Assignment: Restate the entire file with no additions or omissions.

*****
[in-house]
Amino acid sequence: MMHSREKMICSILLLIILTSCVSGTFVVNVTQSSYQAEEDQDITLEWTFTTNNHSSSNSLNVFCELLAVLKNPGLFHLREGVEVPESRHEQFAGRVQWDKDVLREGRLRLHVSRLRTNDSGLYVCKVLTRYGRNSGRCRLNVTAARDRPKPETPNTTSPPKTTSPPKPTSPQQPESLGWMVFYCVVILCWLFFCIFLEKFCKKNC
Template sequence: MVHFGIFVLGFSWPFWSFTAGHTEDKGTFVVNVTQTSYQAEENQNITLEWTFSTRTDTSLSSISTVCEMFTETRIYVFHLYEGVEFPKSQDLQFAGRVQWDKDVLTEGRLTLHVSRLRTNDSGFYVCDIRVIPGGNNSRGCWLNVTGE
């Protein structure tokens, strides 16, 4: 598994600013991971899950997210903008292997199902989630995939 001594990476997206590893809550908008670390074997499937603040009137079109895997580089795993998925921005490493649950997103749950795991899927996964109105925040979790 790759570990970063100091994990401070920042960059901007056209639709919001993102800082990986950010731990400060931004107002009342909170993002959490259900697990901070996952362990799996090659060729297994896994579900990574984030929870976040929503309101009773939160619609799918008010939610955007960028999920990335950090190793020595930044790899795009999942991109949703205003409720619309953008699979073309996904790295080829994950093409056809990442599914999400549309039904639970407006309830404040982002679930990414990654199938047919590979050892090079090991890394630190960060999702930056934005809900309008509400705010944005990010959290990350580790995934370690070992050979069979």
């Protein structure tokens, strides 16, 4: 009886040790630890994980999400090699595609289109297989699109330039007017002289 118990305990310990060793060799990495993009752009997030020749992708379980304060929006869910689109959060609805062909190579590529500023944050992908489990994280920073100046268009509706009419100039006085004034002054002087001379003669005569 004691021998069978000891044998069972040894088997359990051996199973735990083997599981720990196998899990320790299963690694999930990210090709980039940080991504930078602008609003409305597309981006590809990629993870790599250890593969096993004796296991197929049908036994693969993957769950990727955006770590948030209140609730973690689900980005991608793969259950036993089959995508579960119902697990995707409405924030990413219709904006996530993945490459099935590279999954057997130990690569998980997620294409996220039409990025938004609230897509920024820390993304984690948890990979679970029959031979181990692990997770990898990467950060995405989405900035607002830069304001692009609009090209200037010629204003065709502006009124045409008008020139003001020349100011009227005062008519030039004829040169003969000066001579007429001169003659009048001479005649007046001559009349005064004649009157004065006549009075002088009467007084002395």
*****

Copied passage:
[in-house]
Amino acid sequence: MMHSREKMICSILLLIILTSCVSGTFVVNVTQSSYQAEEDQDITLEWTFTTNNHSSSNSLNVFCELLAVLKNPGLFHLREGVEVPESRHEQFAGRVQWDKDVLREGRLRLHVSRLRTNDSGLYVCKVLTRYGRNSGRCRLNVTAARDRPKPETPNTTSPPKTTSPPKPTSPQQPESLGWMVFYCVVILCWLFFCIFLEKFCKKNC
Template sequence: MVHFGIFVLGFSWPFWSFTAGHTEDKGTFVVNVTQTSYQAEENQNITLEWTFSTRTDTSLSSISTVCEMFTETRIYVFHLYEGVEFPKSQDLQFAGRVQWDKDVLTEGRLTLHVSRLRTNDSGFYVCDIRVIPGGNNSRGCWLNVTGE
């Protein structure tokens, strides 16, 4: 598994600013991971899950997210903008292997199902989630995939 001594990476997206590893809550908008670390074997499937603040009137079109895997580089795993998925921005490493649950997103749950795991899927996964109105925040979790 790759570990970063100091994990401070920042960059901007056209639709919001993102800082990986950010731990400060931004107002009342909170993002959490259900697990901070996952362990799996090659060729297994896994579900990574984030929870976040929503309101009773939160619609799918008010939610955007960028999920990335950090190793020595930044790899795009999942991109949703205003409720619309953008699979073309996904790295080829994950093409056809990442599914999400549309039904639970407006309830404040982002679930990414990654199938047919590979050892090079090991890394630190960060999702930056934005809900309008509400705010944005990010959290990350580790995934370690070992050979069979």
């Protein structure tokens, strides 16, 4: 009886040790630890994980999400090699595609289109297989699109330039007017002289 118990305990310990060793060799990495993009752009997030020749992708379980304060929006869910689109959060609805062909190579590529500023944050992908489990994280920073100046268009509706009419100039006085004034002054002087001379003669005569 004691021998069978000891044998069972040894088997359990051996199973735990083997599981720990196998899990320790299963690694999930990210090709980039940080991504930078602008609003409305597309981006590809990629993870790599250890593969096993004796296991197929049908036994693969993957769950990727955006770590948030209140609730973690689900980005991608793969259950036993089959995508579960119902697990995707409405924030990413219709904006996530993945490459099935590279999954057997130990690569998980997620294409996220039409990025938004609230897509920024820390993304984690948890990979679970029959031979181990692990997770990898990467950060995405989405900035607002830069304001692009609009090209200037010629204003065709502006009124045409008008020139003001020349100011009227005062008519030039004829040169003969000066001579007429001169003659009048001479005649007046001559009349005064004649009157004065006549009075002088009467007084002395």